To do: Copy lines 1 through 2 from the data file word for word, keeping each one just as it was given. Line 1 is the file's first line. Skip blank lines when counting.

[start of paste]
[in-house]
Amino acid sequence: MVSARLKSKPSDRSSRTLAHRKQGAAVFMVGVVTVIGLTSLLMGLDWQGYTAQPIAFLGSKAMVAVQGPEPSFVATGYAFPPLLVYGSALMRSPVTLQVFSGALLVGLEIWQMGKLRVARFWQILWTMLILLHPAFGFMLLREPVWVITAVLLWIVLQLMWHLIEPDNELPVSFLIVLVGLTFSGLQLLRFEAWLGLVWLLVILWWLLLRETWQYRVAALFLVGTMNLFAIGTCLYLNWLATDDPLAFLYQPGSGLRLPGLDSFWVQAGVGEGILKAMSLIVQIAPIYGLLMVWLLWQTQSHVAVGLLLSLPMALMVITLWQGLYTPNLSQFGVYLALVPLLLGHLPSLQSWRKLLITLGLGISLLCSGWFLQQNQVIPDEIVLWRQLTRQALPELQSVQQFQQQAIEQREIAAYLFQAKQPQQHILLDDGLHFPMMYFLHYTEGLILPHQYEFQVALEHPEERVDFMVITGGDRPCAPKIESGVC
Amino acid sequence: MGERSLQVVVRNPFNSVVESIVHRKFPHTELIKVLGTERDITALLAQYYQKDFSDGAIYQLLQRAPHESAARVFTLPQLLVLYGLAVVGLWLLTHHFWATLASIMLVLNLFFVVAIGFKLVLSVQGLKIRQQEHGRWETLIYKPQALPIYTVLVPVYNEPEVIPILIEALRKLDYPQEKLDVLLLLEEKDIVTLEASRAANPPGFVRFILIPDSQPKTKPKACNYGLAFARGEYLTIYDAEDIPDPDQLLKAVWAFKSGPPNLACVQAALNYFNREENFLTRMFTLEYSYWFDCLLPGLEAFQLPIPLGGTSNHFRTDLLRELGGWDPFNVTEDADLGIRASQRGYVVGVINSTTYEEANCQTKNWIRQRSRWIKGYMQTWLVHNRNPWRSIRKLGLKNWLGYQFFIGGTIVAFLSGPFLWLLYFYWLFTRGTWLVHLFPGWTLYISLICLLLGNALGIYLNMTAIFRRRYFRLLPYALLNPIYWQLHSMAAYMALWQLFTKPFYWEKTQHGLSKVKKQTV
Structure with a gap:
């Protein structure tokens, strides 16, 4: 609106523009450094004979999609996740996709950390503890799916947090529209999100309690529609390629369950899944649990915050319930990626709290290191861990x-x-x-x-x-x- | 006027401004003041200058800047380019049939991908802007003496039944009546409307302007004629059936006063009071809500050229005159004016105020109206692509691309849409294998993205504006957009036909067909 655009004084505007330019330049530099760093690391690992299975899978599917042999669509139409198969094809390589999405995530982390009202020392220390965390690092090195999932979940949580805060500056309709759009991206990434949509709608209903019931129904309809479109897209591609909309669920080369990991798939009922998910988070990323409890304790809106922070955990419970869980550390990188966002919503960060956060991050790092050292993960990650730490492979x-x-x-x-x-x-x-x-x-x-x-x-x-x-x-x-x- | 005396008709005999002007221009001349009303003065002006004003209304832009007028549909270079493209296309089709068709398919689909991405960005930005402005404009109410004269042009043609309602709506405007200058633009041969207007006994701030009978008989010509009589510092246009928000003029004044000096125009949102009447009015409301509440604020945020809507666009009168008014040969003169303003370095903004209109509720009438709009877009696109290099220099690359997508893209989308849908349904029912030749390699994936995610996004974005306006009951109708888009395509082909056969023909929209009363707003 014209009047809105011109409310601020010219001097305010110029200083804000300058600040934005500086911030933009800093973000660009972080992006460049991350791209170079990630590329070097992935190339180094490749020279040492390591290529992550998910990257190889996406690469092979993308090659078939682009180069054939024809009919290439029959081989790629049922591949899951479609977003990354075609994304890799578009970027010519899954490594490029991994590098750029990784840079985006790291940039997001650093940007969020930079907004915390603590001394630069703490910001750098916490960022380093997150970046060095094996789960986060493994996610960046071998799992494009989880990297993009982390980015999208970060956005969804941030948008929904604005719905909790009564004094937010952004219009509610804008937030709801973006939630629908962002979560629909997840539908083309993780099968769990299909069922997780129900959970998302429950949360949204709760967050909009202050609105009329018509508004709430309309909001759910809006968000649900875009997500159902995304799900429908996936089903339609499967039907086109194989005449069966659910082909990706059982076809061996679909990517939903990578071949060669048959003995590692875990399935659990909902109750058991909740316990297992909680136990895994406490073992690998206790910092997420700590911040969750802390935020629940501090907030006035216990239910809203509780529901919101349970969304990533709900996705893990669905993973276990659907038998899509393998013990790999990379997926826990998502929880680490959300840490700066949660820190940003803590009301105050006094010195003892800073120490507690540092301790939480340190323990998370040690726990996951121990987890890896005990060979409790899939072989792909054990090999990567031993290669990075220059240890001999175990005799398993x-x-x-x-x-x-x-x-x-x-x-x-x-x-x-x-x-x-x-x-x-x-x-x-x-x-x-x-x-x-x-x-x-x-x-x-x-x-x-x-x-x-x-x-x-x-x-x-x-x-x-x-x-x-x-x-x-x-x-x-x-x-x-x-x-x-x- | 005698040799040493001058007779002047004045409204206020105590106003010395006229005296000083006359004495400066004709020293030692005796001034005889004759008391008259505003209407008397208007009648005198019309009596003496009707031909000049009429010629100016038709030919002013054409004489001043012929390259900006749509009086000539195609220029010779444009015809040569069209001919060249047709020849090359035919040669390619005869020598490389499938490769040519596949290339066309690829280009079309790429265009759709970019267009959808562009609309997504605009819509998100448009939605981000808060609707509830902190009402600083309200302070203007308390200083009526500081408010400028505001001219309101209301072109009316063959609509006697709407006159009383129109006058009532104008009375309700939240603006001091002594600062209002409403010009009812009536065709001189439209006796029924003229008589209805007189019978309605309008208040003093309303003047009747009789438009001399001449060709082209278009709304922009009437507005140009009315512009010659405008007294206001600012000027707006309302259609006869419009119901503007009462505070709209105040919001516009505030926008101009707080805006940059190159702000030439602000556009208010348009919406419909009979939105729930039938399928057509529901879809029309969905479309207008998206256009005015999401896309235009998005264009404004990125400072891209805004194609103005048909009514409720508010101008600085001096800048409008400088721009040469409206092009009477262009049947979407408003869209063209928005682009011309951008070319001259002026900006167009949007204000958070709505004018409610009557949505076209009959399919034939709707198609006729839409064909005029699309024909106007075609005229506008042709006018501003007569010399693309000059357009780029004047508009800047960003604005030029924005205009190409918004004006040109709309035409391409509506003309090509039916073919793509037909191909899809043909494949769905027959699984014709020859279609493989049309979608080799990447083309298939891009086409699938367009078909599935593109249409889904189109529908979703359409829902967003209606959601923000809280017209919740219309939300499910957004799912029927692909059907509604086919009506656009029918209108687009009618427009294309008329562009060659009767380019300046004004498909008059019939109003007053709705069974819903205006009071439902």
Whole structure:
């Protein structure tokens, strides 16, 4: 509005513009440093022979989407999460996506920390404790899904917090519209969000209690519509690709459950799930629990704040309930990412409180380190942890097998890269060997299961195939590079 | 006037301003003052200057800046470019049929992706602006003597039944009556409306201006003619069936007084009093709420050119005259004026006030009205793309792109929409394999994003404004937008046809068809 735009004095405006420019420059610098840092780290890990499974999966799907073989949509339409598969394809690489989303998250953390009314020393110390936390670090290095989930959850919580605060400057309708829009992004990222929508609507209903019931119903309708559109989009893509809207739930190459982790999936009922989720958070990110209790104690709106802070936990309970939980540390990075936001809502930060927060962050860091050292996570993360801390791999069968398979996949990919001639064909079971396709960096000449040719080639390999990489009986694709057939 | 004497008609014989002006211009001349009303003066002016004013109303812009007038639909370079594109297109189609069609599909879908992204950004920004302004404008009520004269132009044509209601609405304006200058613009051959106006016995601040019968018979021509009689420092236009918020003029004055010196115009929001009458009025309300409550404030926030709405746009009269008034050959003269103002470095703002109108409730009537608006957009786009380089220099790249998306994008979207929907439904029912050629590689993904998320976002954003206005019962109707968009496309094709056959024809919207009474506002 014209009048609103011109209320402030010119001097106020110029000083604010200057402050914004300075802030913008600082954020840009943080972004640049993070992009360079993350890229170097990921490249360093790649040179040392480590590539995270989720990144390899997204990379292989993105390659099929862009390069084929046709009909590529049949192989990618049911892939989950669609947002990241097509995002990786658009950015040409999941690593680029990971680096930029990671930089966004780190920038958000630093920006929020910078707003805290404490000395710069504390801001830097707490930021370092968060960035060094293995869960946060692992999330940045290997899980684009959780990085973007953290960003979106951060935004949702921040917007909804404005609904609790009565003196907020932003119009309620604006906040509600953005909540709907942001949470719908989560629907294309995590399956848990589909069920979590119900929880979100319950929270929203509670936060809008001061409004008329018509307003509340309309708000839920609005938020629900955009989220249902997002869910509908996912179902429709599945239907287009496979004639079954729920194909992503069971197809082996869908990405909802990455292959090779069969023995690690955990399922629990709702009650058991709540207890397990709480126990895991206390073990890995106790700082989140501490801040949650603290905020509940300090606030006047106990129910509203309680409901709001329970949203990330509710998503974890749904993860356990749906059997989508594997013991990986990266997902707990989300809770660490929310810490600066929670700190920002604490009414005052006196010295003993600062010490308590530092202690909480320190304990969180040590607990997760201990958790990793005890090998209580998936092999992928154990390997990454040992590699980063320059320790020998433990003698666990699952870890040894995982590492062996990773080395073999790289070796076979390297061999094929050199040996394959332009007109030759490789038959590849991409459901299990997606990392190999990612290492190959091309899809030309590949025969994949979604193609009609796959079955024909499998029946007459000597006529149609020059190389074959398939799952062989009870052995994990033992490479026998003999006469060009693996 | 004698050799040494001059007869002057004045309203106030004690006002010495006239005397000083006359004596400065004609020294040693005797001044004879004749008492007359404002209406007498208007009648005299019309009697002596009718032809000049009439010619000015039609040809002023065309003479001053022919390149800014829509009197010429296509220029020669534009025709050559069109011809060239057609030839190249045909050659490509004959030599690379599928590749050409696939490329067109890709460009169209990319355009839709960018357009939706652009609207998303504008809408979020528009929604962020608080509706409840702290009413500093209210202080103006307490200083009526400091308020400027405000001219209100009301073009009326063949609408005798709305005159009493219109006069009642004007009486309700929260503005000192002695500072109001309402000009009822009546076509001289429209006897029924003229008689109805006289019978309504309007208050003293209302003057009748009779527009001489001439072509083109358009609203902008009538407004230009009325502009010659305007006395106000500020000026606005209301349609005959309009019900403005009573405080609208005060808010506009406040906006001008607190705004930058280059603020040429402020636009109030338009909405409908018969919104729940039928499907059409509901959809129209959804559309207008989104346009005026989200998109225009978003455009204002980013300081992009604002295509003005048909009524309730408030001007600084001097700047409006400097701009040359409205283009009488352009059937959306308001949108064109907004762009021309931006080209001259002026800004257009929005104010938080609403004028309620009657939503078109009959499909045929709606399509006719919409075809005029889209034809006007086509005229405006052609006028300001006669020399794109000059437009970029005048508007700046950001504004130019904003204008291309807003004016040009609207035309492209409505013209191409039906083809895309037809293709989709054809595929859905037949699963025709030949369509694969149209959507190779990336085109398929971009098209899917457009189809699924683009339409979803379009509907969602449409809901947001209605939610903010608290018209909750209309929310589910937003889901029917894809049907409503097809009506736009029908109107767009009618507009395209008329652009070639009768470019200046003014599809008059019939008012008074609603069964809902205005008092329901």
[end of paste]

[in-house]
Amino acid sequence: MVSARLKSKPSDRSSRTLAHRKQGAAVFMVGVVTVIGLTSLLMGLDWQGYTAQPIAFLGSKAMVAVQGPEPSFVATGYAFPPLLVYGSALMRSPVTLQVFSGALLVGLEIWQMGKLRVARFWQILWTMLILLHPAFGFMLLREPVWVITAVLLWIVLQLMWHLIEPDNELPVSFLIVLVGLTFSGLQLLRFEAWLGLVWLLVILWWLLLRETWQYRVAALFLVGTMNLFAIGTCLYLNWLATDDPLAFLYQPGSGLRLPGLDSFWVQAGVGEGILKAMSLIVQIAPIYGLLMVWLLWQTQSHVAVGLLLSLPMALMVITLWQGLYTPNLSQFGVYLALVPLLLGHLPSLQSWRKLLITLGLGISLLCSGWFLQQNQVIPDEIVLWRQLTRQALPELQSVQQFQQQAIEQREIAAYLFQAKQPQQHILLDDGLHFPMMYFLHYTEGLILPHQYEFQVALEHPEERVDFMVITGGDRPCAPKIESGVC